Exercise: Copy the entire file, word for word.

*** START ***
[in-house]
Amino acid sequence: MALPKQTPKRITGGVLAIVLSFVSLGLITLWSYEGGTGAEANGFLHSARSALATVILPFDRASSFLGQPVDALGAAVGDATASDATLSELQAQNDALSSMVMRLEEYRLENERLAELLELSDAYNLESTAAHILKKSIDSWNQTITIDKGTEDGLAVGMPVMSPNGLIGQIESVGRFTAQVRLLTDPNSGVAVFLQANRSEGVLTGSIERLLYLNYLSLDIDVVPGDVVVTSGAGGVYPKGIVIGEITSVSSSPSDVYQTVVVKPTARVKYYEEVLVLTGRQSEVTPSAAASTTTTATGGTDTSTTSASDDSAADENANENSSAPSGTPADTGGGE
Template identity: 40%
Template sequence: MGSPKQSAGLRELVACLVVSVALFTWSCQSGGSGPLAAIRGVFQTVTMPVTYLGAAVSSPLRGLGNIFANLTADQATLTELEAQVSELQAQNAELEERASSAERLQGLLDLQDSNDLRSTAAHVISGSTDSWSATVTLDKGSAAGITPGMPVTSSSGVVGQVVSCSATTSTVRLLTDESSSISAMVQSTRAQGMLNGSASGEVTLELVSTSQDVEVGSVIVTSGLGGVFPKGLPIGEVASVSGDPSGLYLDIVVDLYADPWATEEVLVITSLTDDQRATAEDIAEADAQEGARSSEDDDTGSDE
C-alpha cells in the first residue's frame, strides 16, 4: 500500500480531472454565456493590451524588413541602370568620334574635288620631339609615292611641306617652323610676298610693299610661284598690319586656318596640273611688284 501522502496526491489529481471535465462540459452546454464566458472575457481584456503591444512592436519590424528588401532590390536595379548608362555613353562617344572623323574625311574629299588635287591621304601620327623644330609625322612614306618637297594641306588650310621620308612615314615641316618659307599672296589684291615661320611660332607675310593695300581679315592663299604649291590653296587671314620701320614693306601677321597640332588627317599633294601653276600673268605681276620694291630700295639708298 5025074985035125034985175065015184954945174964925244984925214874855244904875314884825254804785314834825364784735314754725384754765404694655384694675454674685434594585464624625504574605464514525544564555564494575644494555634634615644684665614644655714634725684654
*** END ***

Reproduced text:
[in-house]
Amino acid sequence: MALPKQTPKRITGGVLAIVLSFVSLGLITLWSYEGGTGAEANGFLHSARSALATVILPFDRASSFLGQPVDALGAAVGDATASDATLSELQAQNDALSSMVMRLEEYRLENERLAELLELSDAYNLESTAAHILKKSIDSWNQTITIDKGTEDGLAVGMPVMSPNGLIGQIESVGRFTAQVRLLTDPNSGVAVFLQANRSEGVLTGSIERLLYLNYLSLDIDVVPGDVVVTSGAGGVYPKGIVIGEITSVSSSPSDVYQTVVVKPTARVKYYEEVLVLTGRQSEVTPSAAASTTTTATGGTDTSTTSASDDSAADENANENSSAPSGTPADTGGGE
Template identity: 40%
Template sequence: MGSPKQSAGLRELVACLVVSVALFTWSCQSGGSGPLAAIRGVFQTVTMPVTYLGAAVSSPLRGLGNIFANLTADQATLTELEAQVSELQAQNAELEERASSAERLQGLLDLQDSNDLRSTAAHVISGSTDSWSATVTLDKGSAAGITPGMPVTSSSGVVGQVVSCSATTSTVRLLTDESSSISAMVQSTRAQGMLNGSASGEVTLELVSTSQDVEVGSVIVTSGLGGVFPKGLPIGEVASVSGDPSGLYLDIVVDLYADPWATEEVLVITSLTDDQRATAEDIAEADAQEGARSSEDDDTGSDE
C-alpha cells in the first residue's frame, strides 16, 4: 500500500480531472454565456493590451524588413541602370568620334574635288620631339609615292611641306617652323610676298610693299610661284598690319586656318596640273611688284 501522502496526491489529481471535465462540459452546454464566458472575457481584456503591444512592436519590424528588401532590390536595379548608362555613353562617344572623323574625311574629299588635287591621304601620327623644330609625322612614306618637297594641306588650310621620308612615314615641316618659307599672296589684291615661320611660332607675310593695300581679315592663299604649291590653296587671314620701320614693306601677321597640332588627317599633294601653276600673268605681276620694291630700295639708298 5025074985035125034985175065015184954945174964925244984925214874855244904875314884825254804785314834825364784735314754725384754765404694655384694675454674685434594585464624625504574605464514525544564555564494575644494555634634615644684665614644655714634725684654